I admit, it’s quite a strong title to this blog post… but I feel that it is worthy. Why? Because I continually encounter a mentality that if you work ridiculous hours, you should be celebrated for your amazing work and commitment to the job. Equally, I have had people build up a perception that if someone is working their chargeable hours on site, even though they not only meet delivery deadlines but exceed them… they are somehow lazy and not “doing their part”.
Let me make this clear. I am incredibly passionate about my job, my career, my perception, and my delivery… but my view on this topic is quite strong.
I am going to challenge this mentality and although I am sure that this post will be widely unpopular to those workaholics who, at times, are actually rewarded for being inefficient… that goes with the territory of forming an opinion.
Let’s begin at the core of the issue. What reasons should people be working extra hours, and when is it necessary?
I am not averse to working more hours when they are required… and believe that it is part and parcel to your job in a senior or management role. However, it all comes down to workload, responsibilities, efficiency, planning, and how you are tracking with all of the above.
When should and shouldn’t you need or be expected to work extra hours?
Reasons why it may be genuinely needed to work extra hours:
- Something goes terribly wrong in the project and the error falls in your basket to resolve. Timeframes are set and there is no way around it but to work some reasonable extra hours to get the job done
- You are not efficient enough and cannot achieve a reasonable workload in your set working hours
- You have wasted a lot of time within the schedule and now need to make that time up as you are running behind
- Everything is running behind schedule and you need to work some reasonable extra hours to catch up and get your tasks ahead of schedule
Reasons why it should not be required to work extra hours:
- Something goes wrong in the project, through an error that falls in someone else’s basket to resolve
- Your work is always done and on or ahead of time. Efficiency is a strong part of your character
- You have planned extremely well in advance and are tracking well on schedule
- Just because “others are doing it”
- To prove that you are a better worker
- To “impress” your manager or team mates
I have met many with a workaholic mentality, and I say… that’s fine! But not everyone proves their abilities by doing extra long hours continually, or should need to.
A real world scenario
In one particular role at a major institution… it got to a point where mediocrity and inefficiency was celebrated. I worked in a team where not everyone was able to complete their tasks. Some would waste a heck of a lot of time when they were able to complete their tasks, some just worked slower than others. They then came in on weekends to work, to be able to get the job done.
What was sad about this… was that it was an expectation that others (myself included) who had not only finished their tasks ahead of time, but offered to assist others during work hours, would also come in on the weekend as they were “part of the team”. If they didn’t, they would be complained about.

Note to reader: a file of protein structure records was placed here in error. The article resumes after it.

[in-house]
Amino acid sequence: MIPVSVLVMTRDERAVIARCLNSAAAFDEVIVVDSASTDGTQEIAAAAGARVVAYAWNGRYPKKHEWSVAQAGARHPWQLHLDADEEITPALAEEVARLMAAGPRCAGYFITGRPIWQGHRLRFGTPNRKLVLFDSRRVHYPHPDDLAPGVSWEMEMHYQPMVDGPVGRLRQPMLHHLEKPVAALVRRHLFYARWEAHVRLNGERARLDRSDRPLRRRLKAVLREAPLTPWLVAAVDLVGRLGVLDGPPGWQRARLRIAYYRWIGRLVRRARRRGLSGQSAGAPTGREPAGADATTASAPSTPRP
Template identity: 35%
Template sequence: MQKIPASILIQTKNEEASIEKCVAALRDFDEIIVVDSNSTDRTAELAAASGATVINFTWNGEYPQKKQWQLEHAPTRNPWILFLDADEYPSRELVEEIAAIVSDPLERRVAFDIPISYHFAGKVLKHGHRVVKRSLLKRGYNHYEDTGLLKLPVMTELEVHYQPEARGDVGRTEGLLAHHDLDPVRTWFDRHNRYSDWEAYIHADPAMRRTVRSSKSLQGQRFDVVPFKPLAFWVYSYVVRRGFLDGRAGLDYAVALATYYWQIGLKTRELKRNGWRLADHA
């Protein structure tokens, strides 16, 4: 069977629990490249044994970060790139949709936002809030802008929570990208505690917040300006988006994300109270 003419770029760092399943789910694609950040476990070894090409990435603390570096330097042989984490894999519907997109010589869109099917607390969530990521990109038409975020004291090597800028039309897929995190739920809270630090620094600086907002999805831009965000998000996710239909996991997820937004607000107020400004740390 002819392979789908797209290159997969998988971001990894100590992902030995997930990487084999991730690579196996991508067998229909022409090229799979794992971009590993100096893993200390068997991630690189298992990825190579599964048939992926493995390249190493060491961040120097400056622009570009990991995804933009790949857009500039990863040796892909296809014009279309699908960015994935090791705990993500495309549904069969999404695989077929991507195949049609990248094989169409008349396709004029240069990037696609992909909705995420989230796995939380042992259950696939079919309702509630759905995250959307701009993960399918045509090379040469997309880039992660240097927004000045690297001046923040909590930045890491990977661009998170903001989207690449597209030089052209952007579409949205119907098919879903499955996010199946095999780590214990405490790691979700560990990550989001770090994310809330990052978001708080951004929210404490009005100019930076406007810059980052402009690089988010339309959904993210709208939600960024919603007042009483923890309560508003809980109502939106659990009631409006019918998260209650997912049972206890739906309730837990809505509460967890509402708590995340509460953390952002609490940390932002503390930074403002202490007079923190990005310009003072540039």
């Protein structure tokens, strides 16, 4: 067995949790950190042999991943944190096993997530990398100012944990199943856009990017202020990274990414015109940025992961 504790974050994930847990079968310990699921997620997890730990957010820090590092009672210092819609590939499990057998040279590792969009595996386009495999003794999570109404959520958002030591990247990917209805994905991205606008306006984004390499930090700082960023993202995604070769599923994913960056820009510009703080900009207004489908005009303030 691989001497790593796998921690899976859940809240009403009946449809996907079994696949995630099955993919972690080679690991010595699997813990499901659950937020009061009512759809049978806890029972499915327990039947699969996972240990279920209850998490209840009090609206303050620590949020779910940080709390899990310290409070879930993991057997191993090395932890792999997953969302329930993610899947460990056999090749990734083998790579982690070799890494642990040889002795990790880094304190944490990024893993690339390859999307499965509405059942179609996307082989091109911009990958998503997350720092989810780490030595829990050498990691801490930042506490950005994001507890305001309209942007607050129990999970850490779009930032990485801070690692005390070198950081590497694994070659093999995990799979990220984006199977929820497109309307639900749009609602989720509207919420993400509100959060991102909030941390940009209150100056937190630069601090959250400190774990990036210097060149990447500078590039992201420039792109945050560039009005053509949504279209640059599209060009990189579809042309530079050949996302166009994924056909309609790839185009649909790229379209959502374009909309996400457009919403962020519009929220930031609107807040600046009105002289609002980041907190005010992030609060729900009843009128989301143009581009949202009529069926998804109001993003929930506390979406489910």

Then, during awards… the ones who did all those extra hours on the weekends to achieve their workload, would be awarded and celebrated.
So, what is wrong with this scenario and how did this affect everyone? Where do we begin:
- The people that are inefficient do not realise that they should improve and not be needing to work those extra hours
- Peers in the team who are more efficient and perform their job have their morale, motivation, and career affected
- Productivity is affected as a result of all of the above
- The wrong behaviours are encouraged, while the right behaviours are complained about
Why shouldn’t we just work excessive hours?
There are many answers for this and research to show and prove that not only is working longer hours bad for productivity, but it is actually dangerous for your health. Here are some highlights from some articles that should set off alarm bells for the workaholics: (Found by Googling “effects of working long hours”
According to a survey more than half the working population suffers from work related injury or ailment than those who don’t prefer working overtime. Many researches have proven that there is a connection between working overtime and the risk of developing many occupational health hazards. There was for the first time a research conducted to understand the link between the age, gender, job profile with the job itself that has established the fact that working overtime is more dangerous than working late hours.
Extended working hours and more than required time spent at the work place paves the way for health complaints and too much stress that can lead to injuries like an accident when driving. Just as the name goes, overtime in simple terms is working over the time limit and more than what is required. It is not that people spend more time at work because of tight targets but just because working for long hours makes their job profile dangerous.
There are many studies that have confirmed that working long hours can lead to health problems of which musculoskeletal disorders are common. On the other hand, functioning on moderate office timings can to a great extent reduce the risk of getting injured or falling sick.